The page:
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Business & Developmentby Fern Shen7:56 amFeb 22, 20140

Council supporting bill requiring state to supplement airport worker pay

O’Malley hasn’t committed, but City Council is rallying for it Monday

Above: Protest last year by BWI airport concession workers included LaToya Meal and her two-year-old son. (Photo by Fern Shen)

Back in July, Gov. Martin O’Malley was openly scornful of AirMall USA, the company granted a contract by Maryland to manage concessions at Baltimore-Washington International Thurgood Marshall Airport.

O’Malley noted that for the past decade, AirMall has done little to improve their treatment of airport food service and retail workers, who say their median hourly pay is about $8.50-per-hour.

“Smug,” O’Malley called them.

Unlike the previous concessionaire, which hired workers directly, AirMall acts as a concessions developer, attracting tenants like McDonald’s and DuClaw Brewing Company which set their own wages and benefits. (That was a deal made during the administration of O’Malley’s predecessor, Robert Ehrlich.)

Workers have described wages too low to support a family, lack of job security and, with the majority of jobs part-time, few or no benefits. Advocating for the workers, the union Unite Here has called on AirMall to voluntarily require that its subtenants pay a fair wage.

Now, the group is pushing a legislation that mandates state assistance for the workers for the duration of the contract, which runs until 2017.

Airports concession workers last year, demanding better pay and treatment, jammed the offices of AirMall USA at BWI Thurgood Marshall Airport.

Airport concession workers demanding better pay and treatment jammed the offices of AirMall USA at BWI Thurgood Marshall Airport. (Photo by Fern Shen)

The Thurgood Marshall Equal Pay Act requires the state to supplement the workers’ paychecks to bring them at least to the level of the airport’s lowest-paid Maryland Aviation Administration employees, who earn an hourly wage of $13.45-per-hour. If the company fails to improve wages by 2017, the state must terminate AirMall and contract with another company, under the provisions of the bill.

O’Malley has not signaled whether he will support the legislation, but the Baltimore City Council has unanimously approved a resolution calling for its  passage.

Workers and Clergy Coming to City Hall Monday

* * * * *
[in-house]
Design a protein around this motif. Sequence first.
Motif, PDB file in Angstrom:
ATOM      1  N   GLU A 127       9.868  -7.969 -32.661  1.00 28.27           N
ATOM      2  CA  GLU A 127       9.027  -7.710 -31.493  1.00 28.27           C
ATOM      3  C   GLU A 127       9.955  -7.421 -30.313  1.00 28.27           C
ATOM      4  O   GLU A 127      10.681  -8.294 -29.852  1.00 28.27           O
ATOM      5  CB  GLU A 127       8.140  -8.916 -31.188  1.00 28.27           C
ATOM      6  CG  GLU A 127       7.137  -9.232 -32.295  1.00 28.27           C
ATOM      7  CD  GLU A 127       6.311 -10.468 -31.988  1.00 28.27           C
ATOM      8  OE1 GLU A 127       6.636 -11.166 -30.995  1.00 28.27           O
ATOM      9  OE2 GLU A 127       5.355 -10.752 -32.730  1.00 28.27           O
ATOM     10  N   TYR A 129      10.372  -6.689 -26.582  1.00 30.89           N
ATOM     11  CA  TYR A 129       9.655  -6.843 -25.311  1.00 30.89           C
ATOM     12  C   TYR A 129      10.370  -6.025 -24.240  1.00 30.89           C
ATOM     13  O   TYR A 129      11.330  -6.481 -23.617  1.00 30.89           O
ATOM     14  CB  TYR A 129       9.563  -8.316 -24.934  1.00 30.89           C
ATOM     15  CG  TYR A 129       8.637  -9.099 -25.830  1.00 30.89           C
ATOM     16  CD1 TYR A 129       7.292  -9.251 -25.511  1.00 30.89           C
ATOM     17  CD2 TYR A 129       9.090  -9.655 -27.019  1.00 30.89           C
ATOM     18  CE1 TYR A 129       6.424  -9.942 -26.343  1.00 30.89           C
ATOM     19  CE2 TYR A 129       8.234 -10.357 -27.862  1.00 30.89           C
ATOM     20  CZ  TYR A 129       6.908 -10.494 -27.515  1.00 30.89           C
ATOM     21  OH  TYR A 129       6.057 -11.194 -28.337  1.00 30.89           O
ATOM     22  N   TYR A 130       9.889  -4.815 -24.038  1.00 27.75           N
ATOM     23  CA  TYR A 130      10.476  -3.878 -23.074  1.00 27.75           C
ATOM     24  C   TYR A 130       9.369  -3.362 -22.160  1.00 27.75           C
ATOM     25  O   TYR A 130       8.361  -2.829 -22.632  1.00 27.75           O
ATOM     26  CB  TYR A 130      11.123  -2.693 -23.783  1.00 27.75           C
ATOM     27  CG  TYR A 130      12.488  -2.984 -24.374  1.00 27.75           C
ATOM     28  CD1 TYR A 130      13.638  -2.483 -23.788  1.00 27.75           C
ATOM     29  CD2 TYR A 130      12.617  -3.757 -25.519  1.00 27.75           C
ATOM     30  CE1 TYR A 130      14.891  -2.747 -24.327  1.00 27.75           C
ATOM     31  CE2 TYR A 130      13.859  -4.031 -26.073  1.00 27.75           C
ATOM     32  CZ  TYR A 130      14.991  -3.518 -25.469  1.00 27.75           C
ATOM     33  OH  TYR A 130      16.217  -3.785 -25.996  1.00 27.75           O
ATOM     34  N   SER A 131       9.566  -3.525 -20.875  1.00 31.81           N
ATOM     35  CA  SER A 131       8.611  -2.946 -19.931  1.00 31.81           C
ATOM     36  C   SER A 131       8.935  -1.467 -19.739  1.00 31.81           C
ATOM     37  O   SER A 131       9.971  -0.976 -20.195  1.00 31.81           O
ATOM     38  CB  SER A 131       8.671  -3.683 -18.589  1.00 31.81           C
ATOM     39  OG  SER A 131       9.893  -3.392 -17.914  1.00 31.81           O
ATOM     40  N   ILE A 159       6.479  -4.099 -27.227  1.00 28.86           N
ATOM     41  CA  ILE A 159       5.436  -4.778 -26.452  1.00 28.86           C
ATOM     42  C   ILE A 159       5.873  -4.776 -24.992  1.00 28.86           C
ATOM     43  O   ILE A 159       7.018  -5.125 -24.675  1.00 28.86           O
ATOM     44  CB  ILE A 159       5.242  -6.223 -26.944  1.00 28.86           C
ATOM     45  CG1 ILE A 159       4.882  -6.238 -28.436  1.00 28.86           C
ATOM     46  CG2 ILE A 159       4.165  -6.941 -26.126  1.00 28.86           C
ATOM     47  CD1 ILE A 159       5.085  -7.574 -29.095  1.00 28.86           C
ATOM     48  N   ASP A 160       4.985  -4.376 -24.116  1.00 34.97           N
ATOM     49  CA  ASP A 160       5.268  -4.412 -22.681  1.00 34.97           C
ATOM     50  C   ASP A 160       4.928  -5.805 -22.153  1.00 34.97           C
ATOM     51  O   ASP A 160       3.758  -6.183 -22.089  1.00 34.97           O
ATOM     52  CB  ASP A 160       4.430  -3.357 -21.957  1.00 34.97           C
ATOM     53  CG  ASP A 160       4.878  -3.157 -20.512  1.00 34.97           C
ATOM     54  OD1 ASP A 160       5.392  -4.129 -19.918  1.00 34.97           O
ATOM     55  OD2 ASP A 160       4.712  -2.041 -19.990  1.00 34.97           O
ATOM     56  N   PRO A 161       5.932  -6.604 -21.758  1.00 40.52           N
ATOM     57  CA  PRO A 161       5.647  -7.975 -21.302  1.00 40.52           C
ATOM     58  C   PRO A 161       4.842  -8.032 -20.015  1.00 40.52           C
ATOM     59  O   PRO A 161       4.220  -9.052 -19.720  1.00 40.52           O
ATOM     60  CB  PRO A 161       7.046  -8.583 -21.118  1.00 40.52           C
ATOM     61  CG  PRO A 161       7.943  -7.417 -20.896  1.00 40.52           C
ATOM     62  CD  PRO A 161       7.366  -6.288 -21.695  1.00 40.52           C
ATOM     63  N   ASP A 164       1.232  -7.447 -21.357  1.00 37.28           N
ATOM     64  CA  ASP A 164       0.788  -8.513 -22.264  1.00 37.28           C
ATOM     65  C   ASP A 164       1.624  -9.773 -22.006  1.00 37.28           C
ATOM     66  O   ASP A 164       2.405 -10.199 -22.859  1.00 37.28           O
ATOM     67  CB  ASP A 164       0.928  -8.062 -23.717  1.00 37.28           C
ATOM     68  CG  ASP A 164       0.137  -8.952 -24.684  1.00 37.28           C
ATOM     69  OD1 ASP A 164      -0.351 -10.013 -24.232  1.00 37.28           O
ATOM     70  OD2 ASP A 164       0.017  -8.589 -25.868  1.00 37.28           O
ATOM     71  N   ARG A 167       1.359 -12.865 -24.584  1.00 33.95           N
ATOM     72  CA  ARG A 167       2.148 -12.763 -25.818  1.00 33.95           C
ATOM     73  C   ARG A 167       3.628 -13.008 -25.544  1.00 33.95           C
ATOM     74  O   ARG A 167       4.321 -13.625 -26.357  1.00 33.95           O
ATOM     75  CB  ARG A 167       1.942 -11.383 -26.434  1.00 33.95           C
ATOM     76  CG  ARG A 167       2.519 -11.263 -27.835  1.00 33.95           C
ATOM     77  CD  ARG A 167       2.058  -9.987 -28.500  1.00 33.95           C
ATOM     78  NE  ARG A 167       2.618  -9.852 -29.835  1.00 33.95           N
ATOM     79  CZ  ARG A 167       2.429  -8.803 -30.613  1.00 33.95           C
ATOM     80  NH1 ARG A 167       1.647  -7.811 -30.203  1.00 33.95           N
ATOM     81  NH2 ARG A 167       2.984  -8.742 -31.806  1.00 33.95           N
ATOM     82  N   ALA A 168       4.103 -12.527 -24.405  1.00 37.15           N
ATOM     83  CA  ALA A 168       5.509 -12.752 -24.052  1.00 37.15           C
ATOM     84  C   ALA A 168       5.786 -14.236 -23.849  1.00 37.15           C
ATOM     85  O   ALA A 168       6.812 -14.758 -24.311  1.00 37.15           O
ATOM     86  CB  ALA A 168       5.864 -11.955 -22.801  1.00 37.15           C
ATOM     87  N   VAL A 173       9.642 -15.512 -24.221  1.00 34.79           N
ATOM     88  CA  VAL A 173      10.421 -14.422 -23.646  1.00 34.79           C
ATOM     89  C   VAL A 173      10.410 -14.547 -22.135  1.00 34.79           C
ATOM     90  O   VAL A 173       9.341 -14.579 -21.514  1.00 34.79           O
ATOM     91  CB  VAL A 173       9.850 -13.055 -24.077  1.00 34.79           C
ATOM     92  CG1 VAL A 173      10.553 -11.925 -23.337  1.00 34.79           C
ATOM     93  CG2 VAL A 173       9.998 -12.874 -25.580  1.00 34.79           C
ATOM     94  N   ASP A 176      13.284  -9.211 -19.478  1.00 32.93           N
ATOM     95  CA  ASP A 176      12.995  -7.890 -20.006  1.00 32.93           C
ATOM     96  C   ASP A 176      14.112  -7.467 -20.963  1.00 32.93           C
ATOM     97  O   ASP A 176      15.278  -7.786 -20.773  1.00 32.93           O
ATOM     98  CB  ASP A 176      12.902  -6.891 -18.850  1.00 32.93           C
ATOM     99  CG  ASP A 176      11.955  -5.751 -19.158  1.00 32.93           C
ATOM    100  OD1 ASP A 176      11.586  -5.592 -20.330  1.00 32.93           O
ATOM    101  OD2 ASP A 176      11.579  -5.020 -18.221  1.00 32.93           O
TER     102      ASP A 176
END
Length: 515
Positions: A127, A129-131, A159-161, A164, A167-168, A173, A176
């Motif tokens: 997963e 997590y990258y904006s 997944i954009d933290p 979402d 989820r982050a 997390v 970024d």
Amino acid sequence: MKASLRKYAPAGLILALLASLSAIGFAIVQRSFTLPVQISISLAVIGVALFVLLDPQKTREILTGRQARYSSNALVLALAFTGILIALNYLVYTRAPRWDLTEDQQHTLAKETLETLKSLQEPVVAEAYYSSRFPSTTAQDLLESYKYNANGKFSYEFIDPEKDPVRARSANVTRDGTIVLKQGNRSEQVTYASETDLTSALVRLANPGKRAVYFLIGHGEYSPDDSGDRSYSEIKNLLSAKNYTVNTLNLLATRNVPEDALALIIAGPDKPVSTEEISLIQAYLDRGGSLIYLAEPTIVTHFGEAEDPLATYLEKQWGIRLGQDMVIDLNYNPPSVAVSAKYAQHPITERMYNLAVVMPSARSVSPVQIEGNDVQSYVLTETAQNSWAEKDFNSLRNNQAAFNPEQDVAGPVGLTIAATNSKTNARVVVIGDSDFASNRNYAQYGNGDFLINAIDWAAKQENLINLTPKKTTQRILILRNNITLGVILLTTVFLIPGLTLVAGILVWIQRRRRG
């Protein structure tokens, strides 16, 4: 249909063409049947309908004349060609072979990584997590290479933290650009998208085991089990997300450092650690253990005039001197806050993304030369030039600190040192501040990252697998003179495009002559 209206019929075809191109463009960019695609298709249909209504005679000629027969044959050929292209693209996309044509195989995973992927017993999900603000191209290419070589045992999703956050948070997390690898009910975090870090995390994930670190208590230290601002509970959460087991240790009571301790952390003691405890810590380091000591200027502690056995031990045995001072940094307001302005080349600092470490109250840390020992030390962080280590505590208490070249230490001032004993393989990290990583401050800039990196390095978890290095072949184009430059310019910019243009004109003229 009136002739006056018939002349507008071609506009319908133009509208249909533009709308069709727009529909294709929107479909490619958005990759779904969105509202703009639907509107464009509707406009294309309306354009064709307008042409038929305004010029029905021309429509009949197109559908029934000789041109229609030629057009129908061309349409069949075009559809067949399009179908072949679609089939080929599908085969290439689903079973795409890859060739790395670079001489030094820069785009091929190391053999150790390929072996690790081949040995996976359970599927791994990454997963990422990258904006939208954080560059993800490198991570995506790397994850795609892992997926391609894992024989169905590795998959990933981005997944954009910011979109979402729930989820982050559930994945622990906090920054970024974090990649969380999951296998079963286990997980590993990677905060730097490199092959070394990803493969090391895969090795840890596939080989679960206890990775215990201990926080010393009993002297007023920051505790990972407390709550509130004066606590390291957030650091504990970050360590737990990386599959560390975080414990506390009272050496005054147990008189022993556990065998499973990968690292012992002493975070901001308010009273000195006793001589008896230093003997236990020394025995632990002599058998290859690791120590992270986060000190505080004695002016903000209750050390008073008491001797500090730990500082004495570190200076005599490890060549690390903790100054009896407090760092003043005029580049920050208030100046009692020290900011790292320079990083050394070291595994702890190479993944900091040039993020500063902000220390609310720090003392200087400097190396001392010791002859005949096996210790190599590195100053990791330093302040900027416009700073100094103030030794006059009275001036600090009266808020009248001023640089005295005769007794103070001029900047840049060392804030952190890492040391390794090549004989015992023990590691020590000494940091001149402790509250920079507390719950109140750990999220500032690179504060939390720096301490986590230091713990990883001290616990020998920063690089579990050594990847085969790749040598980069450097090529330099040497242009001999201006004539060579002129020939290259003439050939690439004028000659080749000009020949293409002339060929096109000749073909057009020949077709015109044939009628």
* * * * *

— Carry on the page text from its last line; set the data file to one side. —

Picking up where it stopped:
“I firmly believe that our City’s economic engine runs on the wages of our working class,” City Council President Bernard C. “Jack” Young said, in a statement released by City Councilwoman Mary Pat Clarke, the resolution’s chief sponsor.

“BWI is a familiar airport for travelers from all over the country. It should represent the ideals of our state, our city, and of the great man it immortalizes, the late Justice Thurgood Marshall,” Young said.

Concessions workers, state lawmakers, clergy and community leaders are scheduled to participate in the news conference, to be held at 11 a.m.

The bill in Annapolis comes before the House Economic Matters Committee on Tuesday at 1 p.m.

Company’s Business Model

AirMall representatives have taken issue with Unite Here’s numbers and say median pay for workers is about $15-per-hour. The airport’s approximately 800 BWI concessions workers are well treated and compensated, a spokesman told The Brew.

The Pittsburgh-based company is owned by Prospect Capital Corporation, a business development company (BDC) which, like a REIT, is able to avoid corporate taxes if it pays out more than 90% of its income to investors. (They most recently paid dividend yields of 11.7 % to investors. With only 80 employees, it has total equity greater than $2.5 billion, with net investment income of $292 million in the last fiscal year.)

Last month, AirMall offered Baltimore airport workers an “enrichment program” – health and sanitation training, life skills classes, English as a Second Language courses and “career mapping and time management.” They also offered a “Lunch and Learn” program for BWI employees on topics such as personal finance and home-buying.

Unite Here spokeswoman Megan Cohorst said workers found these gestures “insulting and obviously no substitute for a decent wage.”

Workers who spoke to The Brew last year complained about the low pay and short work hours for a job they could only reach with a lengthy commute.  Patrice Thompson, who worked the grill at the airport McDonald’s, said she has a nearly two-hour commute to get from her midtown Baltimore home to her $7.50-an-hour airport job.

“The other day I worked about two-and-a half hours, just a little longer than it took for me to get there – and they told me to go home,” she said.

When she asked why, she said they told her that “business was slow and labor was high.”

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